Through our partnership with Databricks, we also have access to the most recent AI innovations – Lakehouse AI – and are able to quickly prototype and experiment with our ideas together with their team of experts. “When it came to our LLM journey, working with Databricks felt like we were one big team and didn’t feel like they were just a vendor and we were a customer,” says Ben Dias, Director of Data Science and Analytics at easyJet.
Deep Dive into the Solution
The aim of this project was to provide a tool for our non-technical users to ask their questions in natural language and get insights from our rich datasets. This insight would be highly valuable in the decision-making process.
The entry point to the application is a web UI. The web UI allows users to ask questions in natural language using a microphone (e.g., their laptop’s built-in microphone). The speech is then sent to an open source LLM (Whisper) for transcription. Once transcribed, the question and the metadata of relevant tables in the Unity Catalog are put together to craft a prompt and then submitted to another open source LLM for text-to-SQL conversion. The text2sql model returns a syntactically correct SQL query which is then sent to a SQL warehouse and the answer is returned and displayed on the web UI.
To solve the text2sql task, we experimented with multiple open source LLMs. Thanks to LLMOps tools available on Databricks, in particular their integration with Hugging Face and different LLM flavors in MLflow, we found a low entry barrier to start working with LLMs. We could seamlessly swap the underlying models for this task as better open source models got released.
Both transcription and text2sql models are served at a REST API endpoint using Databricks Model Serving with support for Nvidia’s A10G GPU. As one of the first Databricks customers to leverage GPU serving, we were able to serve our models on GPU with a few clicks, going from development to production in a few minutes. Being serverless, Model Serving eliminated the need to manage complicated infrastructure and let our team focus on the business problem and massively reduced the time to market.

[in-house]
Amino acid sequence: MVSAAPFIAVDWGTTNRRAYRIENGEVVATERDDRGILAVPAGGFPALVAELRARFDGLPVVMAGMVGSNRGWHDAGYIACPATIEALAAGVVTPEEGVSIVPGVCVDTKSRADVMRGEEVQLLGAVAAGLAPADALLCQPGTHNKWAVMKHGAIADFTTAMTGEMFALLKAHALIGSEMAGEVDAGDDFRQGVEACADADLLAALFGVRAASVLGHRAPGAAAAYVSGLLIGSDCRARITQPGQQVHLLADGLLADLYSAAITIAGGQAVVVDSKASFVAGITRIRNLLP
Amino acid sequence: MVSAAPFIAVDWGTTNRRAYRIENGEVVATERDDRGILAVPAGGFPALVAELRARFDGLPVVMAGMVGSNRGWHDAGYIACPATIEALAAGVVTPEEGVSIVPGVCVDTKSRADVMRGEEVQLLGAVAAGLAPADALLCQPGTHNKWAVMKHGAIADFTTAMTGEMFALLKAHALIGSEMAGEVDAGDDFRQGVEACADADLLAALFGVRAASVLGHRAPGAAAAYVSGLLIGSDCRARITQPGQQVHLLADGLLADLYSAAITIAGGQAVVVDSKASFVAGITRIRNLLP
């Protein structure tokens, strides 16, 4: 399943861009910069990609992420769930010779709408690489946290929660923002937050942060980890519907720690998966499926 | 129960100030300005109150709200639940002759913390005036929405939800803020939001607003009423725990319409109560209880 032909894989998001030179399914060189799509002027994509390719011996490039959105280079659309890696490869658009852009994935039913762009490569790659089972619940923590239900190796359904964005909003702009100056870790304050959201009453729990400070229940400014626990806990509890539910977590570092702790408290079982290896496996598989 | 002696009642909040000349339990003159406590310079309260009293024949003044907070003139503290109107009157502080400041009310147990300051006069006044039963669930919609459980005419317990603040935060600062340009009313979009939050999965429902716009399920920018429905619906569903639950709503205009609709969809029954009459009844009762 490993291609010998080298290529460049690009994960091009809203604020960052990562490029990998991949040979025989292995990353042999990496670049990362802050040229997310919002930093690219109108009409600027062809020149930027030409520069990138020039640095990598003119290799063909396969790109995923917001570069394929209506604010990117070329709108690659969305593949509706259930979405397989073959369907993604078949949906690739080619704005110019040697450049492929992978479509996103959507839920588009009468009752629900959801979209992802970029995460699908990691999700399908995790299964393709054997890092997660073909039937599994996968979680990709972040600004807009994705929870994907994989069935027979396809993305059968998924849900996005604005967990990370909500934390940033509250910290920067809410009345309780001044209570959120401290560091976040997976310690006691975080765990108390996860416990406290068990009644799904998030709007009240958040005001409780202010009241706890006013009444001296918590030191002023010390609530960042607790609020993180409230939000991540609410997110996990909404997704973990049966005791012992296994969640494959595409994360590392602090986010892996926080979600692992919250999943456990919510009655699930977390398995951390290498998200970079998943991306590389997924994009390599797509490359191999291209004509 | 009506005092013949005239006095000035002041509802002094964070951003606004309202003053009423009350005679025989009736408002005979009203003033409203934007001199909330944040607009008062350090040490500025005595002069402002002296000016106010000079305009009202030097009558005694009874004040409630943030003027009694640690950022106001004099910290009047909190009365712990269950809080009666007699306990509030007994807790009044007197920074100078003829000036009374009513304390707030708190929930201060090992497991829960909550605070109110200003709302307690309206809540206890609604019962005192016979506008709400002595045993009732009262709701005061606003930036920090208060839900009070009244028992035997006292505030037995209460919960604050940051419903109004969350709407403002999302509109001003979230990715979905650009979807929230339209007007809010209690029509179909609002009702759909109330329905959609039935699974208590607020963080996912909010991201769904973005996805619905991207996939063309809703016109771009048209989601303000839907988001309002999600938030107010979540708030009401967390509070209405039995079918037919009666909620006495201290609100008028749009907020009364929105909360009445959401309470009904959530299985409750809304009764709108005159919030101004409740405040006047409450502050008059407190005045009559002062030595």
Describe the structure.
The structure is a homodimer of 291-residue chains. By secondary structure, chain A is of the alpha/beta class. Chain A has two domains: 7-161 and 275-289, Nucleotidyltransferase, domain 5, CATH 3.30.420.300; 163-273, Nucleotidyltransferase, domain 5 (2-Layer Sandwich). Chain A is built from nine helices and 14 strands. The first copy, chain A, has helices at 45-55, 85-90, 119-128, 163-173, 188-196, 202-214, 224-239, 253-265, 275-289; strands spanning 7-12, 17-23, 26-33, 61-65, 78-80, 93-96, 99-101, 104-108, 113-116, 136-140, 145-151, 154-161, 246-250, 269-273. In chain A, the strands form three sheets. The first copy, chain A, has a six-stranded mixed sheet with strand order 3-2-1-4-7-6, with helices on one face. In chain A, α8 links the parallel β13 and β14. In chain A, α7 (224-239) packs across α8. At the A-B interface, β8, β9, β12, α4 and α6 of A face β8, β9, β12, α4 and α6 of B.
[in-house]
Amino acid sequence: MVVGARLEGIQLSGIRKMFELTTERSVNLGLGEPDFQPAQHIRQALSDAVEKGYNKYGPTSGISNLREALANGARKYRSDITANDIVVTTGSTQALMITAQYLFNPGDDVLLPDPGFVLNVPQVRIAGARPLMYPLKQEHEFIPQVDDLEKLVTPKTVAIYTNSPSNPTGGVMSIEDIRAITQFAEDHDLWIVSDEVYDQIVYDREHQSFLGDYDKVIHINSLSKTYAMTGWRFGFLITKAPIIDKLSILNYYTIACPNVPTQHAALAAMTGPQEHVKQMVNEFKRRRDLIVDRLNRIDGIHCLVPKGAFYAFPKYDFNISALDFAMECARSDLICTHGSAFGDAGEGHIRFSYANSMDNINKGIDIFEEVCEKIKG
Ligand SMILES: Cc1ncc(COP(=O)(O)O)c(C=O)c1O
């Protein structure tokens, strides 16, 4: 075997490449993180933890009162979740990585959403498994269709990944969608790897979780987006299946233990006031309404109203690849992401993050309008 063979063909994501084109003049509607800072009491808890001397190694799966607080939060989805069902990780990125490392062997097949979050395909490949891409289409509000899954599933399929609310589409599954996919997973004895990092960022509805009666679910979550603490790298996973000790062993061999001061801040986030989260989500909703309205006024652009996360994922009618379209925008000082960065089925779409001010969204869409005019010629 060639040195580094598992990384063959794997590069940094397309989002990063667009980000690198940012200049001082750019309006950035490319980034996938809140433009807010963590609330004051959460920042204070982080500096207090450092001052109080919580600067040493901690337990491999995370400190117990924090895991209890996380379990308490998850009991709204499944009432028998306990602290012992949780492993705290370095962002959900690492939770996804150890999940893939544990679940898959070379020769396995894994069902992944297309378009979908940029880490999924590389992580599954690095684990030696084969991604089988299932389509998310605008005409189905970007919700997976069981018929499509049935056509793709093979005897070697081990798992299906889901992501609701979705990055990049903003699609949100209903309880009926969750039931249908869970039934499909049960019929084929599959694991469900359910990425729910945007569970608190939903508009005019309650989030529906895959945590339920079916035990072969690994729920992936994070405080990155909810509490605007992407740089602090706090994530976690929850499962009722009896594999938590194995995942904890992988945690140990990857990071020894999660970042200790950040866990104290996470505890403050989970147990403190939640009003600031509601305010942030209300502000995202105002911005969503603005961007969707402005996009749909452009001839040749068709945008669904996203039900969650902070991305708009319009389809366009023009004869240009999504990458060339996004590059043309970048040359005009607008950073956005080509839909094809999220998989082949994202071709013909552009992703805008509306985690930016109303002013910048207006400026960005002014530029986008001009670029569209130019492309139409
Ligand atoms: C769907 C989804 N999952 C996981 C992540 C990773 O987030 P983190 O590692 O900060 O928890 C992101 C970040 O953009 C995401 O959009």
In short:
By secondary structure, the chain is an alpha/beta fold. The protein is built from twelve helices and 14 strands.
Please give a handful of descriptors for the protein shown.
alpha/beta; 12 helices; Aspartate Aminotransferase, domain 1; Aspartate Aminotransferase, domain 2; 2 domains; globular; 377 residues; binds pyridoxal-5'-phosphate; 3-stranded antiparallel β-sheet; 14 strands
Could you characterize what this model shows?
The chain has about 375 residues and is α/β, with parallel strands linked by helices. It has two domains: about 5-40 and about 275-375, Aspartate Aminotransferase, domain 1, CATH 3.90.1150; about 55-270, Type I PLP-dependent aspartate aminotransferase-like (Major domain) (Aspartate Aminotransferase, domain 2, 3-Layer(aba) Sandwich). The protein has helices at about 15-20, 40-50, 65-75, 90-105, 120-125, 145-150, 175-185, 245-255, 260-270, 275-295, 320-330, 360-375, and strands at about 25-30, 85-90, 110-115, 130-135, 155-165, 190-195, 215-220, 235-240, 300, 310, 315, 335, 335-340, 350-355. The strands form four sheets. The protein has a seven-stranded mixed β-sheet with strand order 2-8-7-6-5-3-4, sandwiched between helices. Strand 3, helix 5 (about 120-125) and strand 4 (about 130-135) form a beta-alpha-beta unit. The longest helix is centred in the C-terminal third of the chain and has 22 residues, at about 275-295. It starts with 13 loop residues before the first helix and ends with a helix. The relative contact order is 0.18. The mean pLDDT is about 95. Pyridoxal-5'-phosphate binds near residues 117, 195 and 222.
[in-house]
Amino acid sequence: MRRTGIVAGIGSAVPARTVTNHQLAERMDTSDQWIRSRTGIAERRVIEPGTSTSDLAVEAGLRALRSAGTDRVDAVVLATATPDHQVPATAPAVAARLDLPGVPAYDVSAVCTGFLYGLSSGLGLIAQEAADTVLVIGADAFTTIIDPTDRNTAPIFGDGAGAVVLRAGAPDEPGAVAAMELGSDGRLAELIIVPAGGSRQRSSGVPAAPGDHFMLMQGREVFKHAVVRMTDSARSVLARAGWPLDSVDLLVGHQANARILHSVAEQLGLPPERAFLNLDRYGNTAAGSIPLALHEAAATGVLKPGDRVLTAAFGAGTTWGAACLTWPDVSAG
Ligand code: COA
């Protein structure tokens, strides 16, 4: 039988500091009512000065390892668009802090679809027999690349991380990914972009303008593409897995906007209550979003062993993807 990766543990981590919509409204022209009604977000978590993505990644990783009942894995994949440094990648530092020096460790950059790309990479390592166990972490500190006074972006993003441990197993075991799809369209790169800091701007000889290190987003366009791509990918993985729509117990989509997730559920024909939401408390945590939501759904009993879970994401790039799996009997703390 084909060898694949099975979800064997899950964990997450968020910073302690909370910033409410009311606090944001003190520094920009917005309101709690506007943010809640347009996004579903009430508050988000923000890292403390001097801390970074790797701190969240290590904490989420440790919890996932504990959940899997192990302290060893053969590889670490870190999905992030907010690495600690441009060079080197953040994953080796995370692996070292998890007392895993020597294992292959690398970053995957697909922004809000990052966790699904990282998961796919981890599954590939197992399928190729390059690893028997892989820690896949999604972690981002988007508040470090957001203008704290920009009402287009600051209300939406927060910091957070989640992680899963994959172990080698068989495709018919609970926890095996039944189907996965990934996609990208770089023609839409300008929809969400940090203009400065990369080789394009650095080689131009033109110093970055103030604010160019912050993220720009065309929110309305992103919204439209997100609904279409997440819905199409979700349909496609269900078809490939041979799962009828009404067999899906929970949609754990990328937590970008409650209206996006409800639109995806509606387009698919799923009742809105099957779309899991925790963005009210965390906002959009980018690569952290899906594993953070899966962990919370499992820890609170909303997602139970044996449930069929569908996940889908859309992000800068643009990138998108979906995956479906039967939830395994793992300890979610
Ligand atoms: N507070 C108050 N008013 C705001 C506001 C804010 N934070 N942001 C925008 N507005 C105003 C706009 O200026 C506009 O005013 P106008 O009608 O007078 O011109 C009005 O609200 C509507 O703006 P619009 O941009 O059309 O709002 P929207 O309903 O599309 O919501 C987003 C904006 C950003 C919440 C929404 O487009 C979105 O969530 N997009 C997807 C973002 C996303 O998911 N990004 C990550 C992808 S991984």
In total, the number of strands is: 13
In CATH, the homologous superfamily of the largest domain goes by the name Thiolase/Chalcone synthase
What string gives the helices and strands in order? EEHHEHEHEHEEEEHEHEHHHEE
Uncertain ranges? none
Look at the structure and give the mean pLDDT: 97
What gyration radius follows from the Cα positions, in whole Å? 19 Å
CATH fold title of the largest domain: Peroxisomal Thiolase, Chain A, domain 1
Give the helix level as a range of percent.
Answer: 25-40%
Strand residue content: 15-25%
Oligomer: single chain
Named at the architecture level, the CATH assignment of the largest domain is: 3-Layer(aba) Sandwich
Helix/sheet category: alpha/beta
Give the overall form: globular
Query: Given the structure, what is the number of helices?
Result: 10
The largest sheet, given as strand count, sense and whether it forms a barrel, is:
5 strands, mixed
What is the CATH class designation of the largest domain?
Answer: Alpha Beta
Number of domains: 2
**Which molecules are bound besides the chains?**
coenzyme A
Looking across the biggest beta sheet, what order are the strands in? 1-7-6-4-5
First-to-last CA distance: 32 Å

“With Lakehouse AI, we could host open source generative AI models in our own environment, with full control. Additionally, Databricks Model Serving automated deployment and inferencing these LLMs, removing any need to deal with complicated infrastructure. Our teams could just focus on building the solution – in fact, it took us only a couple of weeks to get to an MVP.” says Ioannis Mesionis, Lead Data Scientist at easyJet.
Business Outcomes Achieved as a Result of Choosing Databricks
This project is one of the first steps in our GenAI roadmap and with Databricks we were able to get to an MVP within a couple of weeks. We were able to take an idea and transform it into something tangible our internal customers can interact with. This application paves the way for easyJet to be a truly data-driven business. Our business users have easier access to our data now. They can interact with data using natural language and can base their decisions on the insight provided by LLMs.
What’s Next for easyJet?
This initiative allowed easyJet to easily experiment and quantify the benefit of a cutting-edge generative AI use case. The solution was showcased to more than 300 people from easyJet’s IT, Data & Change department, and the excitement helped spark new ideas around innovative Gen AI use cases, such as personal assistants for travel recommendations, chatbots for operational processes and compliance, as well as resource optimization.
Once presented with the solution, easyJet’s board of executives quickly agreed that there is significant potential in including generative AI in their roadmap. As a result, there is now a specific part of the budget dedicated to exploring and bringing these use cases to life in order to augment the capabilities of both easyJet’s employees and customers, while providing them with a better, more data-driven user experience.